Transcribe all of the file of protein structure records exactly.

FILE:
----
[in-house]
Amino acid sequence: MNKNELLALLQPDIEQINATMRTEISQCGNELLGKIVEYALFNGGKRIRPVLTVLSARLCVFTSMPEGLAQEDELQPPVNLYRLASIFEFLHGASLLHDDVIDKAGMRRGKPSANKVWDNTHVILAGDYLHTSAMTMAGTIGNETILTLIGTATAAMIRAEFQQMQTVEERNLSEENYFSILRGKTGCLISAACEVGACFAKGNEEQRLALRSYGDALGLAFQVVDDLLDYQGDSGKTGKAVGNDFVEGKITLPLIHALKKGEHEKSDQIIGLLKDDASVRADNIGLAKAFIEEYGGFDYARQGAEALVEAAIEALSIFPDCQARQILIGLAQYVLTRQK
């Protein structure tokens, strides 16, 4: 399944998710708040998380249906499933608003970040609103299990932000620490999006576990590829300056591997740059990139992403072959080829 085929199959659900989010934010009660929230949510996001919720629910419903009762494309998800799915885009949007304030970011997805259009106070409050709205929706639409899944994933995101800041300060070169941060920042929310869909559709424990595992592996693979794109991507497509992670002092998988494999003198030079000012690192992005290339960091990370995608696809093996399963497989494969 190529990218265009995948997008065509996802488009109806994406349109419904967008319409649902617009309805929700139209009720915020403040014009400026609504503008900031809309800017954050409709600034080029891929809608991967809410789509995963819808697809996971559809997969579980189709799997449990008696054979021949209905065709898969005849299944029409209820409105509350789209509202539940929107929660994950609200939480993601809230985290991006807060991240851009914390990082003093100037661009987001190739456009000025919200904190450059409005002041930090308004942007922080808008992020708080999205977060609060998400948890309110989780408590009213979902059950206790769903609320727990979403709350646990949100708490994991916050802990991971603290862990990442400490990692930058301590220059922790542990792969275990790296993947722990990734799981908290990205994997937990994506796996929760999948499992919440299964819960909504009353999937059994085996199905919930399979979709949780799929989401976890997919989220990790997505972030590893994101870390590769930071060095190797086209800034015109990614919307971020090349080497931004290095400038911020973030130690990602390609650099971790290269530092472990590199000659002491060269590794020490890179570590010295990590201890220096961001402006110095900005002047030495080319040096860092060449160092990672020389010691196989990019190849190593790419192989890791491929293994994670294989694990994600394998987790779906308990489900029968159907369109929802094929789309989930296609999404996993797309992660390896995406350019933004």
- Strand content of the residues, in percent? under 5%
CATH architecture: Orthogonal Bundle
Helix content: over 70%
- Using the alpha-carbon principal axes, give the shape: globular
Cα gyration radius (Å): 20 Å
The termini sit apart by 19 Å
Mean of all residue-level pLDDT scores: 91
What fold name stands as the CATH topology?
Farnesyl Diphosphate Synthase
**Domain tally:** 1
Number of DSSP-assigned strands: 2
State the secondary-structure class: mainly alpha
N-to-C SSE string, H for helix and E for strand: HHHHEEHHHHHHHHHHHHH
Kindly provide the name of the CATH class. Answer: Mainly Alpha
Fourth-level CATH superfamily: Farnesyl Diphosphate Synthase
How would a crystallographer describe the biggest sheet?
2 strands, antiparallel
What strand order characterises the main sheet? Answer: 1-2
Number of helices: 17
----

[in-house]
Amino acid sequence: MNKNELLALLQPDIEQINATMRTEISQCGNELLGKIVEYALFNGGKRIRPVLTVLSARLCVFTSMPEGLAQEDELQPPVNLYRLASIFEFLHGASLLHDDVIDKAGMRRGKPSANKVWDNTHVILAGDYLHTSAMTMAGTIGNETILTLIGTATAAMIRAEFQQMQTVEERNLSEENYFSILRGKTGCLISAACEVGACFAKGNEEQRLALRSYGDALGLAFQVVDDLLDYQGDSGKTGKAVGNDFVEGKITLPLIHALKKGEHEKSDQIIGLLKDDASVRADNIGLAKAFIEEYGGFDYARQGAEALVEAAIEALSIFPDCQARQILIGLAQYVLTRQK
């Protein structure tokens, strides 16, 4: 399944998710708040998380249906499933608003970040609103299990932000620490999006576990590829300056591997740059990139992403072959080829 085929199959659900989010934010009660929230949510996001919720629910419903009762494309998800799915885009949007304030970011997805259009106070409050709205929706639409899944994933995101800041300060070169941060920042929310869909559709424990595992592996693979794109991507497509992670002092998988494999003198030079000012690192992005290339960091990370995608696809093996399963497989494969 190529990218265009995948997008065509996802488009109806994406349109419904967008319409649902617009309805929700139209009720915020403040014009400026609504503008900031809309800017954050409709600034080029891929809608991967809410789509995963819808697809996971559809997969579980189709799997449990008696054979021949209905065709898969005849299944029409209820409105509350789209509202539940929107929660994950609200939480993601809230985290991006807060991240851009914390990082003093100037661009987001190739456009000025919200904190450059409005002041930090308004942007922080808008992020708080999205977060609060998400948890309110989780408590009213979902059950206790769903609320727990979403709350646990949100708490994991916050802990991971603290862990990442400490990692930058301590220059922790542990792969275990790296993947722990990734799981908290990205994997937990994506796996929760999948499992919440299964819960909504009353999937059994085996199905919930399979979709949780799929989401976890997919989220990790997505972030590893994101870390590769930071060095190797086209800034015109990614919307971020090349080497931004290095400038911020973030130690990602390609650099971790290269530092472990590199000659002491060269590794020490890179570590010295990590201890220096961001402006110095900005002047030495080319040096860092060449160092990672020389010691196989990019190849190593790419192989890791491929293994994670294989694990994600394998987790779906308990489900029968159907369109929802094929789309989930296609999404996993797309992660390896995406350019933004």
- Strand content of the residues, in percent? under 5%
CATH architecture: Orthogonal Bundle
Helix content: over 70%
- Using the alpha-carbon principal axes, give the shape: globular
Cα gyration radius (Å): 20 Å
The termini sit apart by 19 Å
Mean of all residue-level pLDDT scores: 91
What fold name stands as the CATH topology?
Farnesyl Diphosphate Synthase
**Domain tally:** 1
Number of DSSP-assigned strands: 2
State the secondary-structure class: mainly alpha
N-to-C SSE string, H for helix and E for strand: HHHHEEHHHHHHHHHHHHH
Kindly provide the name of the CATH class. Answer: Mainly Alpha
Fourth-level CATH superfamily: Farnesyl Diphosphate Synthase
How would a crystallographer describe the biggest sheet?
2 strands, antiparallel
What strand order characterises the main sheet? Answer: 1-2
Number of helices: 17